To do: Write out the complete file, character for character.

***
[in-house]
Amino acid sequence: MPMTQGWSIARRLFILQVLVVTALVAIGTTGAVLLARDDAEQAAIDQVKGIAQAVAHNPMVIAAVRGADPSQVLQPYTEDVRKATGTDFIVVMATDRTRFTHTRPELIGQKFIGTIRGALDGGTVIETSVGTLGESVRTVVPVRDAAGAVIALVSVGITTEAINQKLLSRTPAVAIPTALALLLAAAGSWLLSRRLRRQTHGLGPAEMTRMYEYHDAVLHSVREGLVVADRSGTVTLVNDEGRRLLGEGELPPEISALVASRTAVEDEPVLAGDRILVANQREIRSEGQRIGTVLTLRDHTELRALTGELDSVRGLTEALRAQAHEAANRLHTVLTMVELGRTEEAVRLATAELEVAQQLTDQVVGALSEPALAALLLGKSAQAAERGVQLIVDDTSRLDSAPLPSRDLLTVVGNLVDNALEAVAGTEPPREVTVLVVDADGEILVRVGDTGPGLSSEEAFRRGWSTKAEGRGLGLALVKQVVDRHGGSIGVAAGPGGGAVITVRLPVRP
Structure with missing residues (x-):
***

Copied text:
[in-house]
Amino acid sequence: MPMTQGWSIARRLFILQVLVVTALVAIGTTGAVLLARDDAEQAAIDQVKGIAQAVAHNPMVIAAVRGADPSQVLQPYTEDVRKATGTDFIVVMATDRTRFTHTRPELIGQKFIGTIRGALDGGTVIETSVGTLGESVRTVVPVRDAAGAVIALVSVGITTEAINQKLLSRTPAVAIPTALALLLAAAGSWLLSRRLRRQTHGLGPAEMTRMYEYHDAVLHSVREGLVVADRSGTVTLVNDEGRRLLGEGELPPEISALVASRTAVEDEPVLAGDRILVANQREIRSEGQRIGTVLTLRDHTELRALTGELDSVRGLTEALRAQAHEAANRLHTVLTMVELGRTEEAVRLATAELEVAQQLTDQVVGALSEPALAALLLGKSAQAAERGVQLIVDDTSRLDSAPLPSRDLLTVVGNLVDNALEAVAGTEPPREVTVLVVDADGEILVRVGDTGPGLSSEEAFRRGWSTKAEGRGLGLALVKQVVDRHGGSIGVAAGPGGGAVITVRLPVRP
Structure with missing residues (x-):